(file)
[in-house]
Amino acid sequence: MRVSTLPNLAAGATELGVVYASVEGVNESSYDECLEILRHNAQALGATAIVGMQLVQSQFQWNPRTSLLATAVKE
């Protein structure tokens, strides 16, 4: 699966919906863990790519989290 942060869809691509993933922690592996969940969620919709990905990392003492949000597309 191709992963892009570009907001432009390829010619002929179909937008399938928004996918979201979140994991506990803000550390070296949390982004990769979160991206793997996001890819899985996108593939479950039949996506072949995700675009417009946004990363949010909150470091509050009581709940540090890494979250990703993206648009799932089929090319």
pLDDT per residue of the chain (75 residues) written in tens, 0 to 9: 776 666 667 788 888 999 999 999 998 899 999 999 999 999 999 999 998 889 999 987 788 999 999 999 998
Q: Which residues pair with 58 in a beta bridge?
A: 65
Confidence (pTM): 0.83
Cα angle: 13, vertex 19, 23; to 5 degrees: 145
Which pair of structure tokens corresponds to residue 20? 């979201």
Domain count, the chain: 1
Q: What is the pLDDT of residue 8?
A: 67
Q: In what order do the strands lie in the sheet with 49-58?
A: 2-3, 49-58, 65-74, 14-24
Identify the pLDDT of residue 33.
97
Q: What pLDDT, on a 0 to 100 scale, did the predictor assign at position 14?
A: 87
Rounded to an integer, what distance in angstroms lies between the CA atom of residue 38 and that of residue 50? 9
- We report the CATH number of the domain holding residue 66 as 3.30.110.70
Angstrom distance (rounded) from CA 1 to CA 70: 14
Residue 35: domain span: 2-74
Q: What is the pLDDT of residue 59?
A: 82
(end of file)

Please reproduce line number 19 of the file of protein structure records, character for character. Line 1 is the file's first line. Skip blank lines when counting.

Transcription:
Rounded to an integer, what distance in angstroms lies between the CA atom of residue 38 and that of residue 50? 9